Monday, August 03, 2009

Tools and fishes


I started this watercolour with a line drawing the other night and have begun to lay down layers of watercolour. This is being done on a half sheet of Arches 140lb paper and its acting horribly, almost like tissuepaper, despite having been stretched. I'll continue on with it and see how it turns out and whether it will warp badly. I've had bad luck with this batch of Arches paper with masking fluid tearing the layers and now it reacting badly to being wetted. I may invest in another brand of w/c paper, but am limited here to what's available. Looks like its another mail order.

Note to self: Buy 300lb watercolour paper in future, no matter how much it costs!

These are capelin that I was given and photographed last week. I was drawn to the colours and sheen on the skin and this piece is a bit more of an experiment to see if they turn out as I want them to do without getting muddy. This is early stages and in its ugly phase where its very much at risk of being trashed. I'm trying to see past this and into its final form which is in my head.

Its time I invested in a new set of watercolours, as I'm still working with my ancient set of Winsor & Newton half pans which are literally 25 years old or more. That shows how often I use watercolour. A number of the pans are nearly empty, but I can buy the halfpans to replace them. Or perhaps I may just go for a set of tubed watercolours.

What are the watercolourists' views on this? Pans or tubes?

12 comments:

Jonathan Manning said...

I like pans and cakes for sketching and small work because of their ease of use and clean up. Just close the lid. However, tubes offer so much better color and solubility of pigment. In studio I would always use tubes. Sketching out and about pans. Plein air I think of as extended studio.

Maree said...

This looks like an enjoyable exercise, Jeanette, and your colours are beautiful. Pity about the paper. Maybe you can lay your hands on some Bockingford 300gsm - lovely and taught to work on.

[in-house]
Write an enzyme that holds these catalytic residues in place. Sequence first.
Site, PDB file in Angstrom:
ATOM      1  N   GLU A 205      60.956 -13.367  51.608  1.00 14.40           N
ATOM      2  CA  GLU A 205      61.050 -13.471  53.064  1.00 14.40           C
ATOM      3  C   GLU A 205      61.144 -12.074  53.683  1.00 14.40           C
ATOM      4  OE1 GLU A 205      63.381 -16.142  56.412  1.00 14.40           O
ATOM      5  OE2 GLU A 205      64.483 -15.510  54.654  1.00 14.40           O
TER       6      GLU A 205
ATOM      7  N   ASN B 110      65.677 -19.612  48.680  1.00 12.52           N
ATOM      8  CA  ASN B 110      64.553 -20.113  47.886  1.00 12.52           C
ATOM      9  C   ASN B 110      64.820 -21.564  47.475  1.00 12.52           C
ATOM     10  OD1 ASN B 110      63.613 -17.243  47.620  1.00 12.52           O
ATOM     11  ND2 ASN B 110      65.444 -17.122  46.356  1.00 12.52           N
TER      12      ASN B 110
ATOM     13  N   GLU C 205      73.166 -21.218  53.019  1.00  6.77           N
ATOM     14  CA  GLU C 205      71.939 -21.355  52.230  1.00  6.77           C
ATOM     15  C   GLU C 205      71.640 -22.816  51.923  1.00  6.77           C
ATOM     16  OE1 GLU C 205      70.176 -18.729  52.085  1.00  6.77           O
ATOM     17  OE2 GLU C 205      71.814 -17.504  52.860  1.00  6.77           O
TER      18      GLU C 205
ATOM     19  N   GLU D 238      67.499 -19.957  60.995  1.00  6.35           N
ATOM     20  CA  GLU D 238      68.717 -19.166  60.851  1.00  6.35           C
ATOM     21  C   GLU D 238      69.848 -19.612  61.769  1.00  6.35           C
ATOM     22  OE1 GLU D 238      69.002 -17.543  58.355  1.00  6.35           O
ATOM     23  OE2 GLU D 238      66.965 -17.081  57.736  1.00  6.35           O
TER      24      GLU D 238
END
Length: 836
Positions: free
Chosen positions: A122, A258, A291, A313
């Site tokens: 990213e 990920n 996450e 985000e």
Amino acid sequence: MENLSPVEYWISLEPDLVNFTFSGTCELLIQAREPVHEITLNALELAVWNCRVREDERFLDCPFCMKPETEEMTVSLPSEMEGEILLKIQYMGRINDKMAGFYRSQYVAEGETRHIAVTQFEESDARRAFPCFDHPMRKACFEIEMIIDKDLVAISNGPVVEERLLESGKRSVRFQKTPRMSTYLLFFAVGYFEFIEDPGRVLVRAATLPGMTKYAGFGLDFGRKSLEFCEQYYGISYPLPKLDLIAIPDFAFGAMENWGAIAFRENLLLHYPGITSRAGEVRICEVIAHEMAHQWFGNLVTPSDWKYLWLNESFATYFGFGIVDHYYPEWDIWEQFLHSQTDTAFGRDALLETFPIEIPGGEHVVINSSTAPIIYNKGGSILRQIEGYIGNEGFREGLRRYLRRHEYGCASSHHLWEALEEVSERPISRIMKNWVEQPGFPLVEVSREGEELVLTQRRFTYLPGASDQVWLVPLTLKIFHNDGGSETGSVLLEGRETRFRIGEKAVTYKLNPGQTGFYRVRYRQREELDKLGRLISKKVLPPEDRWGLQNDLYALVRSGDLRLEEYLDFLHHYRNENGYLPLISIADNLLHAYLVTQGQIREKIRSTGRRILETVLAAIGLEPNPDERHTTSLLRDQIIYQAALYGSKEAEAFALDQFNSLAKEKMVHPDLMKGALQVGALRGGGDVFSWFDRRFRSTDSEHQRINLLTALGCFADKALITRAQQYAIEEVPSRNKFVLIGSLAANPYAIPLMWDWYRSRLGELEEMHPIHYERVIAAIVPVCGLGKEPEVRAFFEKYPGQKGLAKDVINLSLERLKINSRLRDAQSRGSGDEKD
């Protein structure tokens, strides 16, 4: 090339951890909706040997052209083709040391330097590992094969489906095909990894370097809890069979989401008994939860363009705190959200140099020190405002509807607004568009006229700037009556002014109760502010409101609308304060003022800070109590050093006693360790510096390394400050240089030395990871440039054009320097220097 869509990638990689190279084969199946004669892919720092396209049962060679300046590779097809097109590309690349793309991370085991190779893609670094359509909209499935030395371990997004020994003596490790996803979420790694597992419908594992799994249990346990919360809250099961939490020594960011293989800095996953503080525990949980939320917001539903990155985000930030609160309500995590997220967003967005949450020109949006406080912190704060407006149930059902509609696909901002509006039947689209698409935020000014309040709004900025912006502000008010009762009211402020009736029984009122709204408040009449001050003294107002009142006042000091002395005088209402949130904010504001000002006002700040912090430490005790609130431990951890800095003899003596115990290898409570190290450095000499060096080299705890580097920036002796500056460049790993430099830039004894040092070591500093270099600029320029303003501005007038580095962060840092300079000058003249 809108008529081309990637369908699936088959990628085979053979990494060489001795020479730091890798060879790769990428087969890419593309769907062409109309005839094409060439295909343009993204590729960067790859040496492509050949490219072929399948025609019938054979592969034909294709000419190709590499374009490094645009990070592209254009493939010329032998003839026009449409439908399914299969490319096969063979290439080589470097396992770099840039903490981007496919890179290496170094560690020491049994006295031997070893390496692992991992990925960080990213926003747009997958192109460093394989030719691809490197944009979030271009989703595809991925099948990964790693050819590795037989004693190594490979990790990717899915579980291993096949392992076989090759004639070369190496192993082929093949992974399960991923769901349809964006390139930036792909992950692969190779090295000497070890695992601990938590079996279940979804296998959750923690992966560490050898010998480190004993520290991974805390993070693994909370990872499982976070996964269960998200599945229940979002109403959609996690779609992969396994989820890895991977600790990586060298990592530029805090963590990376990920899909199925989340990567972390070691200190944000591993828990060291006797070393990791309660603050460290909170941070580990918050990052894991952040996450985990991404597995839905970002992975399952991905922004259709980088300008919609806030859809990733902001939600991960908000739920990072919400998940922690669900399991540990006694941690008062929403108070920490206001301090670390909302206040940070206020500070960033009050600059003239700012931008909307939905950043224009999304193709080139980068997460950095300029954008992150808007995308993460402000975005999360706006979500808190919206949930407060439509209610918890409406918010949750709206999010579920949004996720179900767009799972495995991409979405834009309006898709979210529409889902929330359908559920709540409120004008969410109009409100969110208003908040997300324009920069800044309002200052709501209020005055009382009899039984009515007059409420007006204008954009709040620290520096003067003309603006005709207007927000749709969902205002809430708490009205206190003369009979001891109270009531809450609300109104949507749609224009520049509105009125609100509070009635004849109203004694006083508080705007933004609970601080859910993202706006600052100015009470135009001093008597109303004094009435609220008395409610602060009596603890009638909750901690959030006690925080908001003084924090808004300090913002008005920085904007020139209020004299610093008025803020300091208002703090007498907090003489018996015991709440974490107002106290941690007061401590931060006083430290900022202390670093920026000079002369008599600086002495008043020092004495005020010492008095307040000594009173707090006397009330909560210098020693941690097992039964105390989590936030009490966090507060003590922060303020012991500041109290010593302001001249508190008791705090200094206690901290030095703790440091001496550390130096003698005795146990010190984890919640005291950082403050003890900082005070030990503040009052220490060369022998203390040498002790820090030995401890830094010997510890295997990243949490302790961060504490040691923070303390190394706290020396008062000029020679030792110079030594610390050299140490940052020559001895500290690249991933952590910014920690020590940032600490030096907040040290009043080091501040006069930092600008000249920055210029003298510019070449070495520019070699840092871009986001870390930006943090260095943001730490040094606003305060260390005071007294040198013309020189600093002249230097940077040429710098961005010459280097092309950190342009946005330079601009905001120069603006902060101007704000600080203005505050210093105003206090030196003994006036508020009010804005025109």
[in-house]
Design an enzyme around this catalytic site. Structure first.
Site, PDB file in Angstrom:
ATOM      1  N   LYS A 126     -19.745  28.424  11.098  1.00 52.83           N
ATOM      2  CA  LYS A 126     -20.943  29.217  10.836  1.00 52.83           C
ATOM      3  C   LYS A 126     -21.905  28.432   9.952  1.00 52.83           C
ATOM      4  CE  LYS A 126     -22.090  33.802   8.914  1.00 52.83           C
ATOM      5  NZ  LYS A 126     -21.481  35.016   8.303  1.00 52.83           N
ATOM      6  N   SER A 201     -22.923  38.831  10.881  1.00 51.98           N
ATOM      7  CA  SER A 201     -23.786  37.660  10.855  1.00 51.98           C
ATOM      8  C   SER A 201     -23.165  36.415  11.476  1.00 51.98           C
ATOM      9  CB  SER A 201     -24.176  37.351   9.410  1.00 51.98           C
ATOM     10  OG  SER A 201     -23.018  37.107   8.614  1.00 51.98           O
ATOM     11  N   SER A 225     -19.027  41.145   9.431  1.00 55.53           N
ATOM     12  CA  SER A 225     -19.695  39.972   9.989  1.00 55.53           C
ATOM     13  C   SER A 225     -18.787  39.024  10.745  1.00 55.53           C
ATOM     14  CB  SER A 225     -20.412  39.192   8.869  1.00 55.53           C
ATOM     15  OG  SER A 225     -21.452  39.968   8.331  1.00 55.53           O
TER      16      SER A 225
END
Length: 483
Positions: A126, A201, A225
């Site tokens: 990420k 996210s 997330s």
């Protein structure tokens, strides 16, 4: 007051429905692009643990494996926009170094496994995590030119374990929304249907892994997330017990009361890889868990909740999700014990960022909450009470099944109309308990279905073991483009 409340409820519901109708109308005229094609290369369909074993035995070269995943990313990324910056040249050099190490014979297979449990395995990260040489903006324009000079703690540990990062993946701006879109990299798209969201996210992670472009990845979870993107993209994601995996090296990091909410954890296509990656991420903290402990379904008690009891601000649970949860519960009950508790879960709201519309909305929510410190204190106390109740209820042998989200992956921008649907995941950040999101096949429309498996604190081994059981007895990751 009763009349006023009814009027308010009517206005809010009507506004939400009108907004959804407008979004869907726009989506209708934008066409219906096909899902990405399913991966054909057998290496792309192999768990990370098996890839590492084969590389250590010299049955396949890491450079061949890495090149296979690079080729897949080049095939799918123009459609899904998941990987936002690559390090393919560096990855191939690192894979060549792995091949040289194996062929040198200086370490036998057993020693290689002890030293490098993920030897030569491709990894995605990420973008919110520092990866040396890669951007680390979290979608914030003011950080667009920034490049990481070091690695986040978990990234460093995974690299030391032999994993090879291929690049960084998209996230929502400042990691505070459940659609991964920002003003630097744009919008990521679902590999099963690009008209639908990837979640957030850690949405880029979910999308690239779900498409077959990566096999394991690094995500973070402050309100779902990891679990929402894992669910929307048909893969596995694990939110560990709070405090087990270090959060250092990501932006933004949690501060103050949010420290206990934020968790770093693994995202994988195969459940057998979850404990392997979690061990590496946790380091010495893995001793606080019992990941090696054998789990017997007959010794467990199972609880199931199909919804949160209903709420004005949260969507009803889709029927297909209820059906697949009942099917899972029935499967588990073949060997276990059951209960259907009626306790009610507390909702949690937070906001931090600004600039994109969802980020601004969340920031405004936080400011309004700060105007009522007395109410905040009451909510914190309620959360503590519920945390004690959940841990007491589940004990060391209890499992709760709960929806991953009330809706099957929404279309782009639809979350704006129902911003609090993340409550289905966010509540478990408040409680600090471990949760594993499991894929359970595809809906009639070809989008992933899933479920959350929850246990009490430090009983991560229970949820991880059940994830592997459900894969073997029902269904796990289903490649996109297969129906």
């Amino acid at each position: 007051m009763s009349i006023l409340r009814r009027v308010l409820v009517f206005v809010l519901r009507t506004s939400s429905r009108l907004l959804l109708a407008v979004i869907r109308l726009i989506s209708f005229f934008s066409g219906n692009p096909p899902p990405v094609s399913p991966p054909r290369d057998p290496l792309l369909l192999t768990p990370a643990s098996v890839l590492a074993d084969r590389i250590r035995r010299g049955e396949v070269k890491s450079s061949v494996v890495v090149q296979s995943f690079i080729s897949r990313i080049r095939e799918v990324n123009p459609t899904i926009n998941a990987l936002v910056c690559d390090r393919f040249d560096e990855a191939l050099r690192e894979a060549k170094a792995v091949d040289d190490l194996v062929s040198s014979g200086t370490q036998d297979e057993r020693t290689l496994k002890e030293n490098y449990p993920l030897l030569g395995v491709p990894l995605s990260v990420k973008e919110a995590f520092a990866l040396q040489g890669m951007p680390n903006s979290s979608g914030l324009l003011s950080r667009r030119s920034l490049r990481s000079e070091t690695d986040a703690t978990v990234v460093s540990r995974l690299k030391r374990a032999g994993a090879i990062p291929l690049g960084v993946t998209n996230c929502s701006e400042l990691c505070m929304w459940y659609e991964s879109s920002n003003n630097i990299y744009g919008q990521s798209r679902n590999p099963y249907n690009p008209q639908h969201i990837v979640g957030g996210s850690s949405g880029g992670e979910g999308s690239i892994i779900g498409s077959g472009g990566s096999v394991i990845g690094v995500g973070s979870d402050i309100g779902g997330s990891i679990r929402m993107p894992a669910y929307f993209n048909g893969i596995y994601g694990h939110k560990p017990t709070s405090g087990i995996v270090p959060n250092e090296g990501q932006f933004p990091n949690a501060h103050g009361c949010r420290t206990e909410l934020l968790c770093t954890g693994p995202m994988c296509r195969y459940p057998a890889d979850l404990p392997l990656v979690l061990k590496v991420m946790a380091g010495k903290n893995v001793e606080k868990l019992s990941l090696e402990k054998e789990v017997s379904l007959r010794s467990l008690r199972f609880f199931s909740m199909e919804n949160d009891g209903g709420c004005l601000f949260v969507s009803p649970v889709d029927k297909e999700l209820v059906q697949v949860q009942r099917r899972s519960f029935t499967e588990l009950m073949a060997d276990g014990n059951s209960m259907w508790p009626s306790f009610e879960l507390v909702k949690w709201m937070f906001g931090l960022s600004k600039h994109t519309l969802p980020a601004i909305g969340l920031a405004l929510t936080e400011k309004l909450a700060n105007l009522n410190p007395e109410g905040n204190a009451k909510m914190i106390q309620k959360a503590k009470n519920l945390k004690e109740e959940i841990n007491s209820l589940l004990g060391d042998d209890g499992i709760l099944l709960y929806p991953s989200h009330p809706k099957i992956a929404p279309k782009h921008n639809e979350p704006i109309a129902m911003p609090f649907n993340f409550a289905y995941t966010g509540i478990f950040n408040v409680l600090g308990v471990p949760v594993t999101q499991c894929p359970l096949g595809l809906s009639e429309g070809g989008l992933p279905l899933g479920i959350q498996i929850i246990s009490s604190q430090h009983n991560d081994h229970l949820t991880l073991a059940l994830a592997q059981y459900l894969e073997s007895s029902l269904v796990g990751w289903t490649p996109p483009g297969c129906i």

Gesa said...

Yippieh! More fish - I like your watercolours plays with them but am holding my breath for more fish prints :)

Tracy Hall said...

So sorry to hear of your problems with the Arches, Jeanette. If you can get hold of some Saunders Waterford its a super alternative and takes much more abuse before it throws a hissy fit :) I use it alot. As to paints I prefer tubes but its an entirely personal thing isn't it. Either way, I would avoid gettig a set and just buy them individually.

Thses fish look like terrific subjects!

Billie Crain said...

I've had some problems with the last block of Arches HP I purchased. Nothing I can't deal with but the paper has changed. Apparently it's not just Arches that has made changes to their papers. I'll leave you a link to a blog post that may explain why:
http://suessketchblog.blogspot.com/2009/06/sketchbooks.html

Btw, use tube paint! You'll get much better colors, especially on a project this large. If the buckling gets much worse you can always remove it from your board, dampen the backside and weight it down until dry. That should clear up those wrinkles.

Jeanette said...

You're quite right Jonathan. The tubes are better, especially for larger works in the studio. Pan sets are so very portable.

Thanks Maree. I will have to place another mail order I think to get the paper that I need.

More fish prints will come Gesa, mostly because I can't keep them on the shelf, they keep selling!

Good tips Tracy, thanks. I'll find some of the Saunders when I place my order. I think I'm going to go for tubes this time as they are more versatile and it seems the colours are richer.